We get so used to the USA apparently being the most important source of so many things (good and bad) that we can overlook what is happening almost on our own doorsteps. I happened upon this earlier, which a) is German; b) acknowledges that problems exist; c) suggests some different paths we might tread.
Like everything, it is only a distant hope, but at least they accept it is not all in our heads.
THYROID TRANS ACT is a scientific program which targets TH action beyond the classical concepts by asking the central question: What defines healthy and diseased thyroid function?
Answers to this question are of high priority for several reasons:
1 Thyroid disorders, with their metabolic and mental consequences, affect one third of the working German adult population with considerable negative impacts on the well-being of patients and significant costs of more than 2 billion € per year for the society and health system.
2 There is ample evidence that the current practice of determining serum levels of thyroid stimulating hormone (TSH) and/or freeT4 (fT4) neither reflects the physiological nor the pathophysiological situation of an individual adequately. Furthermore, while levo-thyroxine, the most frequently prescribed hormone in Germany, ranks among the top ten prescribed pills worldwide, many patients complain of side effects and impaired well-being, despite seemingly adequate substitution as monitored by TSH and fT4. This highlights that clinical biomarkers are at present insufficient to assess the patients’ thyroid status comprehensively.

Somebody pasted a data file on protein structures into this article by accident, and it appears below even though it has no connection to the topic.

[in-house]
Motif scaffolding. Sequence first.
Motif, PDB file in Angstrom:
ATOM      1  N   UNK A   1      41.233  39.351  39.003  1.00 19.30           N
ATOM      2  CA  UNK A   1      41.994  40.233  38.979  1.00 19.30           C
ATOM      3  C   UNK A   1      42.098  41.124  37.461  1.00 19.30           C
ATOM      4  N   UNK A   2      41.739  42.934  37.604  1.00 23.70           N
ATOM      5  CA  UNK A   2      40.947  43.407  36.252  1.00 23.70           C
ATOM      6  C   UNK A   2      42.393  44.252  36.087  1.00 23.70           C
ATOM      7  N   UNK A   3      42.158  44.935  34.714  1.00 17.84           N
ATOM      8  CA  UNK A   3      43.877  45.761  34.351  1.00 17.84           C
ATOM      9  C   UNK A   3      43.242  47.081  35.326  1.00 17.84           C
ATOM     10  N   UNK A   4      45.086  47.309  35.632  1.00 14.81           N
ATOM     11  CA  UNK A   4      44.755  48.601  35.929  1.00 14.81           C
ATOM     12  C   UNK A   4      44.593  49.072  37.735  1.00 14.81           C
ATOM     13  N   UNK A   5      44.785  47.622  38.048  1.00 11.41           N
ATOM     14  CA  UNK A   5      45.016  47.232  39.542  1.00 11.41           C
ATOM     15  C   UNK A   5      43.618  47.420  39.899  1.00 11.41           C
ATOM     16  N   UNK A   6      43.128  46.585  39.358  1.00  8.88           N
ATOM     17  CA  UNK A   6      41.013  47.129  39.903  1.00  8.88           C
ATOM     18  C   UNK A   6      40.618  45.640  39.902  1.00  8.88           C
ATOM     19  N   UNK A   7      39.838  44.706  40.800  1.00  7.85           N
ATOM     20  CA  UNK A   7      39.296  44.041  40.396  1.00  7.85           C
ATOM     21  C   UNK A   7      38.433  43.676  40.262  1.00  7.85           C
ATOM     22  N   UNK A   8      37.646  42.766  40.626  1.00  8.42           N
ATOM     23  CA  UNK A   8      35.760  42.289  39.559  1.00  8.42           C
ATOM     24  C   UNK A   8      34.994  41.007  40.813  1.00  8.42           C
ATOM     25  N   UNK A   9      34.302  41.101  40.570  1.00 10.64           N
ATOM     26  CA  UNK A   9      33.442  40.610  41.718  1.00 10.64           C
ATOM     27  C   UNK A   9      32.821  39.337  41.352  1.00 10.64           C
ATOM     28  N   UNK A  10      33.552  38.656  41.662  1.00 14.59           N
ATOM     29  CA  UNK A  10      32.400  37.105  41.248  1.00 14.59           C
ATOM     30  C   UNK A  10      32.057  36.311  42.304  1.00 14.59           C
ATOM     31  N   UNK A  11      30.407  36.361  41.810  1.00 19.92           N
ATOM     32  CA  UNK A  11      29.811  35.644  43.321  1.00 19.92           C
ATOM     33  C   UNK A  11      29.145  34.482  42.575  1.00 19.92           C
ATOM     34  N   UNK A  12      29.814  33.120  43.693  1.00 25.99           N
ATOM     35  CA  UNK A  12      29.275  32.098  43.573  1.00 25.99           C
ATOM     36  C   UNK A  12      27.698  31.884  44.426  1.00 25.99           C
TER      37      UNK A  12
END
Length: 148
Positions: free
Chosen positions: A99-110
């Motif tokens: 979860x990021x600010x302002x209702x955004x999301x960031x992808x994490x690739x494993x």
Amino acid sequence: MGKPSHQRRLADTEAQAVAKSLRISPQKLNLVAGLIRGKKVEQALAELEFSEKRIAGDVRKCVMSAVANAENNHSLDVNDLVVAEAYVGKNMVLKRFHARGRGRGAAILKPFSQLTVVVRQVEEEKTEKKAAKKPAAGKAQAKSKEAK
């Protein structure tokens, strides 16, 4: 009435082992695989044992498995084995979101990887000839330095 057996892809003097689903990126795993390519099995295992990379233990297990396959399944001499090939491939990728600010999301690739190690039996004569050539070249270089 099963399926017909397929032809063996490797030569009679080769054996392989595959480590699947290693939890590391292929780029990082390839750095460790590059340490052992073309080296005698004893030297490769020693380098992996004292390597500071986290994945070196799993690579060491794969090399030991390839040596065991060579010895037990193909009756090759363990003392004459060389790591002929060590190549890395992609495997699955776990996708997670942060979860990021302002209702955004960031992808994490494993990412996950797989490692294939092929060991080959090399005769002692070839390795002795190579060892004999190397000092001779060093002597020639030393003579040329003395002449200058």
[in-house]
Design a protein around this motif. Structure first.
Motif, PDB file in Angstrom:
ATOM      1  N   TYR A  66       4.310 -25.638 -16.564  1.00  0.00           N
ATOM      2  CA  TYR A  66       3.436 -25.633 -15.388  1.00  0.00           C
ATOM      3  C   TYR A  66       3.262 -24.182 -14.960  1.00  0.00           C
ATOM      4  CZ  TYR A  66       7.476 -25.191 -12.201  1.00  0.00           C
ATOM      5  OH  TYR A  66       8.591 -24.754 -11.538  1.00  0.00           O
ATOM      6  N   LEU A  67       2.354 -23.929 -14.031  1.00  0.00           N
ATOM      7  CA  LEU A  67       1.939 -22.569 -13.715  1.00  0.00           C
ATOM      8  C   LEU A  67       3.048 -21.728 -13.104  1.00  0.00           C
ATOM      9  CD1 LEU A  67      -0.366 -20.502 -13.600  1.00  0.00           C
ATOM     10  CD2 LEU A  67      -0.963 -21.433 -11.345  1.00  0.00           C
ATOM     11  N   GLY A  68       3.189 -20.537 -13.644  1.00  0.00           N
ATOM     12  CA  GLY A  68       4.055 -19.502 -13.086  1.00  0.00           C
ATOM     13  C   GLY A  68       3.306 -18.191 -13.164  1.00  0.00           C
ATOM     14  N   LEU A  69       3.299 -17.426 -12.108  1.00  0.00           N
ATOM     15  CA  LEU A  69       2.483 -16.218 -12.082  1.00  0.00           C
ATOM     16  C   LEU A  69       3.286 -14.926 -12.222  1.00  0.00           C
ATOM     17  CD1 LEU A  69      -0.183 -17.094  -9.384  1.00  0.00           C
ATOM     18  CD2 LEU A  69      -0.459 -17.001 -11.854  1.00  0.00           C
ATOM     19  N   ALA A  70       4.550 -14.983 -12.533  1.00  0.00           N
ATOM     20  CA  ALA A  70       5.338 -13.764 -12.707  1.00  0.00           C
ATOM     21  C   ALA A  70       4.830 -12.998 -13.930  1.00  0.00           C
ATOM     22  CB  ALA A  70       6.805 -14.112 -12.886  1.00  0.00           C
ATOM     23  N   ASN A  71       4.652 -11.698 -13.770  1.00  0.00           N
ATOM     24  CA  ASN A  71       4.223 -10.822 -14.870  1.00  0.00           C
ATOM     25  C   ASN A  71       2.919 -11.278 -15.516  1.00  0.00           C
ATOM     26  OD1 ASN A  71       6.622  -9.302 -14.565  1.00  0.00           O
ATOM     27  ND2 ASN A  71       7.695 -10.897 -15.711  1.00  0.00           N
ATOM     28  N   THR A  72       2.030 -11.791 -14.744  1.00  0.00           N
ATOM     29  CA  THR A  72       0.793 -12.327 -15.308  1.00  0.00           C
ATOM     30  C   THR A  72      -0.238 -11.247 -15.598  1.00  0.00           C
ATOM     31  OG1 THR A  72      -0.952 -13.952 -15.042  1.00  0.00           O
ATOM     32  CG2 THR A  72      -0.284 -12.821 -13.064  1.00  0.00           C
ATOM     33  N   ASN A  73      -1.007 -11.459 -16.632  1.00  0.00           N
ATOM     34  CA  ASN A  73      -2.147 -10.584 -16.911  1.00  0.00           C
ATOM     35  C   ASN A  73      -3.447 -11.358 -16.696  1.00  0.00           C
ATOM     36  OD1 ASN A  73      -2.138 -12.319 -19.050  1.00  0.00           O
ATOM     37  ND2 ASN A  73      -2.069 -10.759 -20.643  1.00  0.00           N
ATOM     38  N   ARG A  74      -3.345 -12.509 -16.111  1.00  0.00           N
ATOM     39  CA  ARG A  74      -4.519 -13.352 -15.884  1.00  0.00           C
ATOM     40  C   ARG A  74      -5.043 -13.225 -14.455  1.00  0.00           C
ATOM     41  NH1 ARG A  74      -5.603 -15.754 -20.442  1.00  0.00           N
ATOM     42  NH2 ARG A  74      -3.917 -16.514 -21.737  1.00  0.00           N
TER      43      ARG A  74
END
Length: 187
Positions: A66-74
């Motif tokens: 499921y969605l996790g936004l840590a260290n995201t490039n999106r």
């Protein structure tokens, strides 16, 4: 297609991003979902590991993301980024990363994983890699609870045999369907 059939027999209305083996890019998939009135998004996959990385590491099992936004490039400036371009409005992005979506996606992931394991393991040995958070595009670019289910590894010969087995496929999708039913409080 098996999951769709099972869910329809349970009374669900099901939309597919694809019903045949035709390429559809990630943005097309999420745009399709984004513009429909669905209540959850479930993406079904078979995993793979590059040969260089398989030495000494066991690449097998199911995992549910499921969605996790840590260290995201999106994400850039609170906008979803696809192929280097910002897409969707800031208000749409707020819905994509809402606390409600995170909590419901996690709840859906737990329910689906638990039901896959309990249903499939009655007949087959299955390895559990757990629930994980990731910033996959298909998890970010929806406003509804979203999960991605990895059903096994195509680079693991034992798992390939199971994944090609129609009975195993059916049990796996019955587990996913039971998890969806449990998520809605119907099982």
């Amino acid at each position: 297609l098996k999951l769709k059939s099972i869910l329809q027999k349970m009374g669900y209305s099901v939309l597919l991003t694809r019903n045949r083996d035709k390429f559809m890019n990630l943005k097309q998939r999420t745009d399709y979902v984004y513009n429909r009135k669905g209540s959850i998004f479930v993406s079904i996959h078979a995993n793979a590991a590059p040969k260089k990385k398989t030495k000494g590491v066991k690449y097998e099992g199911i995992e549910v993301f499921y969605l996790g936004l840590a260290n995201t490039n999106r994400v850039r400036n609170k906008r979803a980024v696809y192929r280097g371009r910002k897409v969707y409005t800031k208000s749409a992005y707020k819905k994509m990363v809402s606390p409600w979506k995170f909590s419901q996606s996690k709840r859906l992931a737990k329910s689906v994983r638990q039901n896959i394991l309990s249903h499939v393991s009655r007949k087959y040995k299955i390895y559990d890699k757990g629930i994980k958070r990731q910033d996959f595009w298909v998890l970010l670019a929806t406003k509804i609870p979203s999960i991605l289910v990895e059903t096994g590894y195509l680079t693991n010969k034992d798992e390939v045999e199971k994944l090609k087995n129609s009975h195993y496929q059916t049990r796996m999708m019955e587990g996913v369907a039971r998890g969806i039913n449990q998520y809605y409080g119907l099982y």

3 Thus there is an urgent need for novel biomarkers that can be used to reliably detect, monitor and distinguish healthy from diseased thyroid function. To this aim, the interrelationships between classical and new molecular players in TH action need to be deciphered and redefined in the context of organ specificity, gender and age. With exciting novel research technologies and large well-characterized epidemiological cohorts available, a truly translational approach to achieving these goals is within reach for the first time.
4 Consequently, the research will markedly advance our understanding of the pathophysiology of disturbed TH action and, more importantly, will open new avenues for diagnosis, prevention and targeting of common related diseases such as mood disorders, mental retardation, osteoporosis, cardiovascular diseases and disrupted energy balance, all of which represent a major health burden with prominent impact of TH status.
5 The exciting discovery of multiple TH derivatives ranging from “T4 to T0” and their emerging interaction partners will represent an invaluable resource for the development of diagnostic pharmacological tools. Furthermore, the design of novel, innovative drugs to be employed in therapy of major disorders (‘Volkskrankheiten’) is conceivable and constitutes the long-term perspectives of the scientists involved in THYROID TRANS ACT.
The interdisciplinary research groups that participate in the SPP 1629 are dedicated to finding better treatment options for patients with TH related disease. In addition, the SPP 1629 provides a unique platform for training of junior scientists and doctors in endocrinology and, in particular, in the fast emerging field of thyroid research.